Farmers strong belief: Good rains may end Malawi’s hunger crisis. Some farmers in southern and eastern Malawi believe that the onset of good rains may end hunger crisis in the southern Africa nation.
“We are receiving good rains and our crops are giving us optimism that they may end the hunger crisis. If the pattern continues, we will get high yields in April,” said Ephraim Buleya from Mulanje district.
The same sentiments were echoed by Jenipher Lifred, a farmer from Thyolo, who told csjnews.org that good rains will enable them attain food security at household level.
“We thank God for the rains. Malawi’s hunger crisis may end soon. It seems days of depending on food handouts from well-wishers will be over,” she said.
Malawi’s Department of Climate Change and Meteorological Services says most areas in the Southern region have received enough rains since the onset of the rain season.
The department’s Head of Public Services, Eleanor Kululanga told Malawi News Agency that according to their weather systems, a lot of districts in the southern and eastern Malawi will continue receiving the rains.
She said people should expect more rains as the season progresses therefore advising them to pay attention to the weather forecasts the department releases.
Commenting on the same, Principal Agriculture Meteorologist Adams Chavula advised farmers all over the country to seek more advice from Agriculture Officials if they are not sure on whether to plant or not to plant their crops.
Good Rains, Good news
In its recent ‘Food Security Outlook Update,’ the Famine Early Warning Systems Network (FEWS NET), a leading provider of early warning and analysis on food insecurity also says by the end of first quarter next year food situation may improve in Malawi.
“Food consumption is expected to improve in the late February to May period as most of the households start consuming green foods in addition to harvesting dry crops from the 2016/17 production season,” reads the report in part.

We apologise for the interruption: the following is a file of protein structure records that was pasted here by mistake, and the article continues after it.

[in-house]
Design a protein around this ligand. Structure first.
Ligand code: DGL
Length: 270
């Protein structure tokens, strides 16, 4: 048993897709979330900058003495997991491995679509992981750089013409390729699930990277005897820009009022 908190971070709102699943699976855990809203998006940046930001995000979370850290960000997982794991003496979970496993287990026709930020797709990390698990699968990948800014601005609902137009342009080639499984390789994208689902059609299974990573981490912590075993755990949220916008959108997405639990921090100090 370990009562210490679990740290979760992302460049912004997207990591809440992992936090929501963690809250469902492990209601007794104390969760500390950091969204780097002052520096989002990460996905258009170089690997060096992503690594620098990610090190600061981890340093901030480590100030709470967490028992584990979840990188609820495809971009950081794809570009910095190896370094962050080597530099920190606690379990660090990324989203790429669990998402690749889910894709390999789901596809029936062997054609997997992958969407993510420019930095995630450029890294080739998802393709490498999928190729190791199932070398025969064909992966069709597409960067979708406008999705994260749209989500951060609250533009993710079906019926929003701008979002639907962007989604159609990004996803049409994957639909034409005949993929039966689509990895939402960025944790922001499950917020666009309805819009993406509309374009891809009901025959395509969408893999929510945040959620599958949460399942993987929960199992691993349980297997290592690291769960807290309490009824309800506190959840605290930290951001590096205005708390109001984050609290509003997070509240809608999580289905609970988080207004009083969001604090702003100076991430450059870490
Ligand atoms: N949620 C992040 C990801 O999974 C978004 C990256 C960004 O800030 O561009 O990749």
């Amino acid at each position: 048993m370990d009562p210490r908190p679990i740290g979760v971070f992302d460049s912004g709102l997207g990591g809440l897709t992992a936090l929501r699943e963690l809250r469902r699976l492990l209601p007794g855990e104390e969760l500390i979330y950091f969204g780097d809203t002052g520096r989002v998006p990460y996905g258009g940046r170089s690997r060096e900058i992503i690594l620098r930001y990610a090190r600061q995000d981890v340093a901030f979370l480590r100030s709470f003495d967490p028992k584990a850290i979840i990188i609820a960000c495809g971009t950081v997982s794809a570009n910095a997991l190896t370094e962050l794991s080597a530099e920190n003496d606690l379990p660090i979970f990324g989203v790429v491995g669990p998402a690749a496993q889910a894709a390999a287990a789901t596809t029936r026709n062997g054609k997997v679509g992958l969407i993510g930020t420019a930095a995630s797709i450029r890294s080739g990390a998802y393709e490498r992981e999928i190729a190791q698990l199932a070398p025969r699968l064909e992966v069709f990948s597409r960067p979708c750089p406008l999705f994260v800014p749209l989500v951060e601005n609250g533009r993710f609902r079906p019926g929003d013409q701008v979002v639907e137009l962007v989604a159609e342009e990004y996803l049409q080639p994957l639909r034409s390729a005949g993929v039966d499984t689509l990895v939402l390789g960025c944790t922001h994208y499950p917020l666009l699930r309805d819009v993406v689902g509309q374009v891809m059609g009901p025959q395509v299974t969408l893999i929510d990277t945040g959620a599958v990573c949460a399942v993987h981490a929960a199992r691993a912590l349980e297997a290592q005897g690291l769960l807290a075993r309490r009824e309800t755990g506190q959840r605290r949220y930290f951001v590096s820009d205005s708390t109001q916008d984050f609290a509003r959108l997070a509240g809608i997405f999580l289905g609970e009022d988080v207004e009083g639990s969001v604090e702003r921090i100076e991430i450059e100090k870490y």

It adds: “Very poor and poor households will continue to search for weeding and other agricultural related labor. In addition to this, households will be exploiting natural resources such as the collection of firewood and making charcoal for sale.”
According to FEWS NET, middle and better-off households will continue engaging in desperate livestock sales to gain incomes for food and non-food purchases.
Meanwhile at the moment many Malawians are still struggling.
Malawi’s recent formal and informal import levels are too low to satisfy the estimated deficit for the current consumption year.
As of late October, only about 150,000 metric tones formal imports (mainly from Zambia) had been assured.
The state grain marketer (Agricultural Development and Marketing Corporation (Admarc) opened in late October and began selling subsidized maize at US$0.34 per kilogramme which is more than double the price during the previous marketing season $0.15.
Some consumers who are finding prices at Admarc selling points to be too high are opting for cheaper markets offered by private traders.
Malawi President Arthur Peter Mutharika said recently that irrigation is the key strategy for addressing the country’s food security issues.
He said this last month when he launched two key national blueprints that will guide agriculture and irrigation policies.
Mutharika bemoaned that while Malawi has estimated potential of 407,8621 hectares for irrigation, only about 104,6342 hectares have been developed.
Malawi is not the only country to be battered by drought as other countries in southern Africa are facing similar challenges.
During the last rainy season (October 2015 to March 2016), the entire region experienced an El Niño-induced drought that crippled rain-fed agricultural production.
The subsequent April 2016 harvest proved meagre, with a regional maize production shortfall of 9.3 million tons. This was the second consecutive poor rainfall season in the region, deepening vulnerabilities that are also exacerbated by a major economic downturn.
The governments of Botswana, Lesotho, Malawi, Namibia, Swaziland and Zimbabwe declared national emergencies during the year, while Mozambique activated a Red Alert to mobilize resources and speed up the response.
On 26 July 2016, the Southern African Development Community (SADC) declared a regional drought emergency and launched a regional humanitarian appeal.
While Malawians are optimistic that better days are coming due to the onset of good rains in its southern province, some experts say the impact of El Niño on food security and agricultural livelihoods will continue to be felt until the next harvest in April 2017. Additional reporting by Malawi News Agency